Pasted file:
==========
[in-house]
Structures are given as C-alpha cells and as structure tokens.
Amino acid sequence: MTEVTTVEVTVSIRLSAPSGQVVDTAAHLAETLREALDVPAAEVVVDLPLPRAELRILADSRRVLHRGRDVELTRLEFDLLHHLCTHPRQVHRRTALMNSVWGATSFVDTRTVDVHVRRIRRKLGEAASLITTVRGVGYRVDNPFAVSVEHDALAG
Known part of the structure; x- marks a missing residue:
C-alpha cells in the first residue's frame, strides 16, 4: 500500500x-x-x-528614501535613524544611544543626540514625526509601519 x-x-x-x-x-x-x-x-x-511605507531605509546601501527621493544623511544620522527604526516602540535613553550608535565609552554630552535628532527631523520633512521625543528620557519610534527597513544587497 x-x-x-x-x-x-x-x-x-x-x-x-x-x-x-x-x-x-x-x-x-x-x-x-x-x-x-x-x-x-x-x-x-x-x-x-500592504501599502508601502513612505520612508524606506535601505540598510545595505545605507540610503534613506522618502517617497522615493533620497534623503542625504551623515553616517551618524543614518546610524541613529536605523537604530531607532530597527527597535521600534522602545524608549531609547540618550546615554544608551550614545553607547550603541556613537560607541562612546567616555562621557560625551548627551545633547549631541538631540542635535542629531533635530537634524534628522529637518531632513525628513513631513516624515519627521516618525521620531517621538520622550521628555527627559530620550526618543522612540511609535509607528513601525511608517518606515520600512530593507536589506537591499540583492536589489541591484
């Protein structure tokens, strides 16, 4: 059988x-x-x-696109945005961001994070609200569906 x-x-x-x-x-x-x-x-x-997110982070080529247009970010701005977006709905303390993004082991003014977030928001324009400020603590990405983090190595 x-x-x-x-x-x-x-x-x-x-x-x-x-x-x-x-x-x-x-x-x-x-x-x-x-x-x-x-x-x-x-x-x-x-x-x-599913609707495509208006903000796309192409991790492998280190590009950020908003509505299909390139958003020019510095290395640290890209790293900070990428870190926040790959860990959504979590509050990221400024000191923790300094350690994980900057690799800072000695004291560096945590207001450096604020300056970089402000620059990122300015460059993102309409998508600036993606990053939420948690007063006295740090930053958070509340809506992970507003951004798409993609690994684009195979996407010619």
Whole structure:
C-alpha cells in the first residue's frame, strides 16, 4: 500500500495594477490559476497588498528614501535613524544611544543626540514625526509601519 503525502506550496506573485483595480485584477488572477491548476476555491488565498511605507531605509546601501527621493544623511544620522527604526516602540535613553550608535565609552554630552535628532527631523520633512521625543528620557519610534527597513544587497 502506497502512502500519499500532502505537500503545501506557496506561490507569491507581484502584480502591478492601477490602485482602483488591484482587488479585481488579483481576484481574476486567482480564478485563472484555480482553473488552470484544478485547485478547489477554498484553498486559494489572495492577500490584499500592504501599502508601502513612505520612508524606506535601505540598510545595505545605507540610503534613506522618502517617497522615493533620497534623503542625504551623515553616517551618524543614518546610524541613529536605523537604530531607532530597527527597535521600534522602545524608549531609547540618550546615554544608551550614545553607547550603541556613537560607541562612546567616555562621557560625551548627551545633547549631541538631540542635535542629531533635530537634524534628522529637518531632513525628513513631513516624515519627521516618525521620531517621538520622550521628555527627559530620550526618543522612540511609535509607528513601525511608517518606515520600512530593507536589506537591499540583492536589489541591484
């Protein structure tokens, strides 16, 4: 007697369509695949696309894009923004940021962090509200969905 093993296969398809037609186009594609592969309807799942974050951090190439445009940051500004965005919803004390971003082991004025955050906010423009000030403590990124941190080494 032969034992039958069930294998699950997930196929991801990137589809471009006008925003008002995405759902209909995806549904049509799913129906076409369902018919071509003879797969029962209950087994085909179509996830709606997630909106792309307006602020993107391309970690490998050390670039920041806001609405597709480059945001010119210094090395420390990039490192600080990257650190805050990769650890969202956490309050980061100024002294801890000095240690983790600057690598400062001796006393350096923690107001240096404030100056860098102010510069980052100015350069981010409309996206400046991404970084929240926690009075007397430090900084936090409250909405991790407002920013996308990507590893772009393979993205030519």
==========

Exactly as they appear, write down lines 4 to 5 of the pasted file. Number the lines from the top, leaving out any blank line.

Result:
Known part of the structure; x- marks a missing residue:
C-alpha cells in the first residue's frame, strides 16, 4: 500500500x-x-x-528614501535613524544611544543626540514625526509601519 x-x-x-x-x-x-x-x-x-511605507531605509546601501527621493544623511544620522527604526516602540535613553550608535565609552554630552535628532527631523520633512521625543528620557519610534527597513544587497 x-x-x-x-x-x-x-x-x-x-x-x-x-x-x-x-x-x-x-x-x-x-x-x-x-x-x-x-x-x-x-x-x-x-x-x-500592504501599502508601502513612505520612508524606506535601505540598510545595505545605507540610503534613506522618502517617497522615493533620497534623503542625504551623515553616517551618524543614518546610524541613529536605523537604530531607532530597527527597535521600534522602545524608549531609547540618550546615554544608551550614545553607547550603541556613537560607541562612546567616555562621557560625551548627551545633547549631541538631540542635535542629531533635530537634524534628522529637518531632513525628513513631513516624515519627521516618525521620531517621538520622550521628555527627559530620550526618543522612540511609535509607528513601525511608517518606515520600512530593507536589506537591499540583492536589489541591484